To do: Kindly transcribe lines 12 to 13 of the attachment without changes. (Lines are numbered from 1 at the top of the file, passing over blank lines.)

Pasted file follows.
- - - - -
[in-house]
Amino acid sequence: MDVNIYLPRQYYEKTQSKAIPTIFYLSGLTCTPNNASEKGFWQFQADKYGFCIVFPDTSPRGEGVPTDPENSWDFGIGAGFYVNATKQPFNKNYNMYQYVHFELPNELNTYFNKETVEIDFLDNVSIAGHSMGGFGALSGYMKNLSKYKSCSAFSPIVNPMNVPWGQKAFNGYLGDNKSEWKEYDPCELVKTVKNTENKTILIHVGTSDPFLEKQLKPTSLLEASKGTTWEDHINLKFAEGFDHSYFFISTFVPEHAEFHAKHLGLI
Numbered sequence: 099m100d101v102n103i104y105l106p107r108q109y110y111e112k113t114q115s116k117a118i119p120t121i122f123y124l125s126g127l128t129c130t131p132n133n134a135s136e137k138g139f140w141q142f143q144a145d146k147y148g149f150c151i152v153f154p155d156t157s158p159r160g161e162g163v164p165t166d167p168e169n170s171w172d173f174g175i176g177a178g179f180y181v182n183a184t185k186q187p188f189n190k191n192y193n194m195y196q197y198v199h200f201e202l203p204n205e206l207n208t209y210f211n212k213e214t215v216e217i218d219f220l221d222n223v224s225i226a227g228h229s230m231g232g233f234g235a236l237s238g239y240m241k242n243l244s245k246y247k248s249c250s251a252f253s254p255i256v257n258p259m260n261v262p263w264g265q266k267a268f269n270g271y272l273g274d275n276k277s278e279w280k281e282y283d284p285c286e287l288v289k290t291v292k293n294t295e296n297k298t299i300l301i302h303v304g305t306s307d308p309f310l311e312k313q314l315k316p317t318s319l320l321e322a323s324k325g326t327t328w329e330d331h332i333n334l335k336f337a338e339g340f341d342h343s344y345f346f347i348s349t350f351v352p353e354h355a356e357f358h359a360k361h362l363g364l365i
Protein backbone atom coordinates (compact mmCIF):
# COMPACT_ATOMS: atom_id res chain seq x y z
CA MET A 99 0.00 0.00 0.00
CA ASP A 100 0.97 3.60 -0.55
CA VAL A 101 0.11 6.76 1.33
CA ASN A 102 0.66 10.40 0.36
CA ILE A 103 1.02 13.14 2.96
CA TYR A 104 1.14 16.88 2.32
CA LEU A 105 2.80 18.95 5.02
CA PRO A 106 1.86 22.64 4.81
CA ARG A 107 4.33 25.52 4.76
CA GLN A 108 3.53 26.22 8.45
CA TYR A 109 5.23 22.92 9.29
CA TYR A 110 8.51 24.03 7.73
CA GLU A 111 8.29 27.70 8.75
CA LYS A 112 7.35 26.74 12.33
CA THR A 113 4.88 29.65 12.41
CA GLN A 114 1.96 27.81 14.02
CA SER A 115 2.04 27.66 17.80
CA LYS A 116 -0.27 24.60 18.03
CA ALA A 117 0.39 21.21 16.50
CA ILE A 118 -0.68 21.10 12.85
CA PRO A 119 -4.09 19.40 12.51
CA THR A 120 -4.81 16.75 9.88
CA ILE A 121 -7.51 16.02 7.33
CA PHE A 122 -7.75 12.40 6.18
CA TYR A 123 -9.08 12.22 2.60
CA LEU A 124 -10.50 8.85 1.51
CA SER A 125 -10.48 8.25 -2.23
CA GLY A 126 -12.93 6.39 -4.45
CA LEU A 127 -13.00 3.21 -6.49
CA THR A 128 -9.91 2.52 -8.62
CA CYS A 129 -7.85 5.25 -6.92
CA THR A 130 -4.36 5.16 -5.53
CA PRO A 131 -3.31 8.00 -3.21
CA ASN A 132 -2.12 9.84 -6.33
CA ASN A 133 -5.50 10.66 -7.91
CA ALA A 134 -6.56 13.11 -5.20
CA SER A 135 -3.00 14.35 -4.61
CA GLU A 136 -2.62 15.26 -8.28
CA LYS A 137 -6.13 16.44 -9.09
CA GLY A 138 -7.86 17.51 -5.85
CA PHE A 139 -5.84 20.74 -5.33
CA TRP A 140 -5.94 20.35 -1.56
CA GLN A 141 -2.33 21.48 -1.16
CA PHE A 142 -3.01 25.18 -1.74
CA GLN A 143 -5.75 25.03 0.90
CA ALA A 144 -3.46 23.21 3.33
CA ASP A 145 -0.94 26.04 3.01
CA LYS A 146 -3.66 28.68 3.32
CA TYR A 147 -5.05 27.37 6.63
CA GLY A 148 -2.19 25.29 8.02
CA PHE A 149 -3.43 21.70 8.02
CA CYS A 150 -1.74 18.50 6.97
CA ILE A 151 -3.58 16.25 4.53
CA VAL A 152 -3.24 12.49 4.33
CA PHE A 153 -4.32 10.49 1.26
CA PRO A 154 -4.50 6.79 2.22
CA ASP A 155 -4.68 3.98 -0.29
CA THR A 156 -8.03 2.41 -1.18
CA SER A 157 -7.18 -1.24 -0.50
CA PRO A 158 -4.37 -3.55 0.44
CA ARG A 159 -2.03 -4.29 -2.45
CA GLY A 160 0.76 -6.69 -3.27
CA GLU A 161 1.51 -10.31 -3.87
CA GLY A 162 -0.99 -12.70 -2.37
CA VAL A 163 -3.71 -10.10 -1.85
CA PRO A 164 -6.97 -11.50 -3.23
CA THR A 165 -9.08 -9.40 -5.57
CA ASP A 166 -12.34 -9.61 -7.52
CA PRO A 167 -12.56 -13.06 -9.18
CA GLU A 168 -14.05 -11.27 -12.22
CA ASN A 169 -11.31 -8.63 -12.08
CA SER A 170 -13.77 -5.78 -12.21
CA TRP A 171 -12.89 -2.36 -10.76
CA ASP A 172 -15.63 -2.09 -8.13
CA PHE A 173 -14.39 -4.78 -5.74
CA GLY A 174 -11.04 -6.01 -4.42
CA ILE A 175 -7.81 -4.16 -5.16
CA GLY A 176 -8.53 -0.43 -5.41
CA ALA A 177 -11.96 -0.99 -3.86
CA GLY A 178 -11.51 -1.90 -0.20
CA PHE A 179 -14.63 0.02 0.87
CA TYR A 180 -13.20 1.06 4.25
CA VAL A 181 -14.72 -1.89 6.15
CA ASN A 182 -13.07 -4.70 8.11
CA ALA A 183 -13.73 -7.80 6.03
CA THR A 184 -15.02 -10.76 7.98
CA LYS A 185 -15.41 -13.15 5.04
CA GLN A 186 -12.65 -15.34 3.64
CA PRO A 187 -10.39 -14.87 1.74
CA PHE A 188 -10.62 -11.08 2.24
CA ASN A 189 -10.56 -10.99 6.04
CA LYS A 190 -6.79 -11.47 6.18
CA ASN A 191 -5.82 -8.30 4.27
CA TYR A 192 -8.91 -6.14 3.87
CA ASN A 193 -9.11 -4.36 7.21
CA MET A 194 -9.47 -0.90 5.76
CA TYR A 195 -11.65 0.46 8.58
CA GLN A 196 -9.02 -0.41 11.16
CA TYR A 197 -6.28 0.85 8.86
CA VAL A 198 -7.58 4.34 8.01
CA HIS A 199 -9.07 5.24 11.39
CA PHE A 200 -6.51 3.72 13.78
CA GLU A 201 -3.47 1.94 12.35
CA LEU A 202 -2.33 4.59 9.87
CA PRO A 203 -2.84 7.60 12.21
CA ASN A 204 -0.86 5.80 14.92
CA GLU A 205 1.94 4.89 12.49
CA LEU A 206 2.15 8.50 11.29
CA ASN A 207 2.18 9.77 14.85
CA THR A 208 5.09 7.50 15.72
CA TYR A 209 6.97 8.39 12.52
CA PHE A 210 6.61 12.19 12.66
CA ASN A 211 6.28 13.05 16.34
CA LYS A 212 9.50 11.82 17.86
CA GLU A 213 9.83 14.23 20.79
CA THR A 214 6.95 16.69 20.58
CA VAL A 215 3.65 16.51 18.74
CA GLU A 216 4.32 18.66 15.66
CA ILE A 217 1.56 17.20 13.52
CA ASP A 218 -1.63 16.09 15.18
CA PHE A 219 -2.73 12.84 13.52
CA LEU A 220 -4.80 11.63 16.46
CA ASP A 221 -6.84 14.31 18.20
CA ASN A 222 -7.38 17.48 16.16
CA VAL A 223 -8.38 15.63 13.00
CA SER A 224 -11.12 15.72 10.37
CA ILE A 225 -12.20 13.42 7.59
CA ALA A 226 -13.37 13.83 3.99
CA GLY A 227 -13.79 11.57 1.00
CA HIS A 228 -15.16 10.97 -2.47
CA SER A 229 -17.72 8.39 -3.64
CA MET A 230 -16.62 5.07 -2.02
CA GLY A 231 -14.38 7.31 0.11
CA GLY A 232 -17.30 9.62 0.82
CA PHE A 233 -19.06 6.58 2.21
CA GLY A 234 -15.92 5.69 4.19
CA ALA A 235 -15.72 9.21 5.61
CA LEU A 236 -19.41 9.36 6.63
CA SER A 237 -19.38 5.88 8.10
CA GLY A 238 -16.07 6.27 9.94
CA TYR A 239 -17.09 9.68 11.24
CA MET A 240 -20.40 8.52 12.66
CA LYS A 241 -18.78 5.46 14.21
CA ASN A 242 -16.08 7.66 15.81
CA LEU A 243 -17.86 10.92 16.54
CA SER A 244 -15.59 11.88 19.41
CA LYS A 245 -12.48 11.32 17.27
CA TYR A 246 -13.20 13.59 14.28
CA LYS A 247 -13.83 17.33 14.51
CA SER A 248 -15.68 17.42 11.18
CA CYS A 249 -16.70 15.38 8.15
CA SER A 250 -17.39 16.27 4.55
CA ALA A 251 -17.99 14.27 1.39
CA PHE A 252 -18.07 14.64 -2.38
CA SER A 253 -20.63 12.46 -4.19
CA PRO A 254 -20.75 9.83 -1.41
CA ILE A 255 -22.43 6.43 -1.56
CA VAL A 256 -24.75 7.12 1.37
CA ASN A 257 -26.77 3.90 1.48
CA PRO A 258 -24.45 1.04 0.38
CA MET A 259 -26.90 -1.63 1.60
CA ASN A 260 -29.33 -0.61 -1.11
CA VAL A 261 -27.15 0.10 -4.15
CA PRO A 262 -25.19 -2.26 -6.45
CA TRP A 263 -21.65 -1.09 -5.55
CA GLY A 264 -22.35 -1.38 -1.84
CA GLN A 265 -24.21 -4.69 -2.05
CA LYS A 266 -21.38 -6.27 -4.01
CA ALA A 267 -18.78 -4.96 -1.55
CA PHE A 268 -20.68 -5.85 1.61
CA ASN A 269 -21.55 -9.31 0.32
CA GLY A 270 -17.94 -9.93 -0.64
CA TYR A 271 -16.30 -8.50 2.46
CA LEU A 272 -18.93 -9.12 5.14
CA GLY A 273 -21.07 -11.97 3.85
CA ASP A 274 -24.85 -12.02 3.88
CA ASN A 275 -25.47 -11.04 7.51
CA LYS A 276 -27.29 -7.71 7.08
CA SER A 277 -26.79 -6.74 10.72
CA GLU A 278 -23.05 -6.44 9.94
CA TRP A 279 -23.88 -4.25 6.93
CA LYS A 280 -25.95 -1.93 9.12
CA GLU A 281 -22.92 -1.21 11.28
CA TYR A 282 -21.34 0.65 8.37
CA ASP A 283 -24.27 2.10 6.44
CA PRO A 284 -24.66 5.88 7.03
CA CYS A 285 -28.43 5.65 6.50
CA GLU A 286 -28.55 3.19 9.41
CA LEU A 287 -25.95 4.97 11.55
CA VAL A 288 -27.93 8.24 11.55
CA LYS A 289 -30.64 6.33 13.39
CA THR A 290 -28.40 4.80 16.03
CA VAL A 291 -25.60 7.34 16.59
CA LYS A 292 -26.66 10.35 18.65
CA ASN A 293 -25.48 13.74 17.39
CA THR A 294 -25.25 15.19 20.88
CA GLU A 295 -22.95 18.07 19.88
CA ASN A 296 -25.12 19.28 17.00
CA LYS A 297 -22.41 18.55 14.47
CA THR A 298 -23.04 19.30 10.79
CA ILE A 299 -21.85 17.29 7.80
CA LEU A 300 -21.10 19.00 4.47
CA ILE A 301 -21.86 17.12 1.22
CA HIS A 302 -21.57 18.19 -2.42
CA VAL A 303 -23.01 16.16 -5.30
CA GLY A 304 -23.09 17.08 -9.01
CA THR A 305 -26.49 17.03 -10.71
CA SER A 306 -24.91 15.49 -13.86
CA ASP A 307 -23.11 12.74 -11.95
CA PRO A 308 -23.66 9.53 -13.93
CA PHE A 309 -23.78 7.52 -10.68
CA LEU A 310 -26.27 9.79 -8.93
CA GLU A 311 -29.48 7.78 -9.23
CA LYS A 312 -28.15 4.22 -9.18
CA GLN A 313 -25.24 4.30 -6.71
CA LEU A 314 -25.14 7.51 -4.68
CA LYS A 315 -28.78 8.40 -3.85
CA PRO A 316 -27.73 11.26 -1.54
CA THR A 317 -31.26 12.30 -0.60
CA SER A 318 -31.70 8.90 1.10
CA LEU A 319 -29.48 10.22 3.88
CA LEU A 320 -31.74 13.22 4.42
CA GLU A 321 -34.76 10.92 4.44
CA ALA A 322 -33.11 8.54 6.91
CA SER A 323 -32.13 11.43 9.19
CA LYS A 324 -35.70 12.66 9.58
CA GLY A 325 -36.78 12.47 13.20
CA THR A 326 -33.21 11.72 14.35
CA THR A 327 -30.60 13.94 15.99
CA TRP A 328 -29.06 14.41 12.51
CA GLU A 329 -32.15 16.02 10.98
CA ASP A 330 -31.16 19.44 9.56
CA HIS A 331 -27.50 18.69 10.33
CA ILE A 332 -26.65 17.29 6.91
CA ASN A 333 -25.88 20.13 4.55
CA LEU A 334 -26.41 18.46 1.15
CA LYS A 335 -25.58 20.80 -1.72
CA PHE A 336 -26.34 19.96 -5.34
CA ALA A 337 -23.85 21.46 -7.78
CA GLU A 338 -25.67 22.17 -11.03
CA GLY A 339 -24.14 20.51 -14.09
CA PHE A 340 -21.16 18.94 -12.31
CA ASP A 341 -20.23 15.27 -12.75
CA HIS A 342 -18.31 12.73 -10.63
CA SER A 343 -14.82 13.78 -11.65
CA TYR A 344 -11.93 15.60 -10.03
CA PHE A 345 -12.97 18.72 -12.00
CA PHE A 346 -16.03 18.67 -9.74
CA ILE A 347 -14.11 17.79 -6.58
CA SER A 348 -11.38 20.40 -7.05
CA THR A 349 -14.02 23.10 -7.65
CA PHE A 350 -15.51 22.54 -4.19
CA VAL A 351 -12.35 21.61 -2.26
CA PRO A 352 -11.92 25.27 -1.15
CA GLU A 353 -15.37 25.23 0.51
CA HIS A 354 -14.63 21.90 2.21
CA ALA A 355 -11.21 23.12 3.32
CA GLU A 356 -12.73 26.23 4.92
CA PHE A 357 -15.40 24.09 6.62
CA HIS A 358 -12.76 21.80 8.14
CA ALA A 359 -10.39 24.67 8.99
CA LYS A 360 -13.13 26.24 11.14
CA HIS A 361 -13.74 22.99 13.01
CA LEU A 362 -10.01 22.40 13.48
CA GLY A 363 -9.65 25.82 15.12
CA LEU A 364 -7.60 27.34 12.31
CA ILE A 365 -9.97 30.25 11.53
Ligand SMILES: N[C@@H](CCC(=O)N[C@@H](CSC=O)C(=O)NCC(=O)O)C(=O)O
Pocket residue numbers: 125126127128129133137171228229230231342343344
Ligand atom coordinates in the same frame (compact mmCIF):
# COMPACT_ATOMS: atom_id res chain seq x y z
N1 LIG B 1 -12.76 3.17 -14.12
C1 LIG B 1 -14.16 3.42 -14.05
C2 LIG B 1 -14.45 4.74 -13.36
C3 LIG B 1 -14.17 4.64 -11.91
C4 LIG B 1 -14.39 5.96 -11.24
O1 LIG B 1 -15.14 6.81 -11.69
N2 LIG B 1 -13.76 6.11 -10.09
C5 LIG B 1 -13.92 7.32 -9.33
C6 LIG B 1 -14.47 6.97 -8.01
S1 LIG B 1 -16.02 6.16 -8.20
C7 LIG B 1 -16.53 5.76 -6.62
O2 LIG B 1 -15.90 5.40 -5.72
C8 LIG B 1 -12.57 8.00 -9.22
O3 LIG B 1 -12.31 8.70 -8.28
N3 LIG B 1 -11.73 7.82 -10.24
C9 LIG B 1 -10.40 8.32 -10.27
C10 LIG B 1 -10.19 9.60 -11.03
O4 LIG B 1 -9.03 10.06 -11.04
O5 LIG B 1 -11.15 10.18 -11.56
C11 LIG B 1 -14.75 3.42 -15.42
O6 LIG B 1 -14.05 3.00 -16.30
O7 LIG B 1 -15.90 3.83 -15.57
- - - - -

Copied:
CA LEU A 105 2.80 18.95 5.02
CA PRO A 106 1.86 22.64 4.81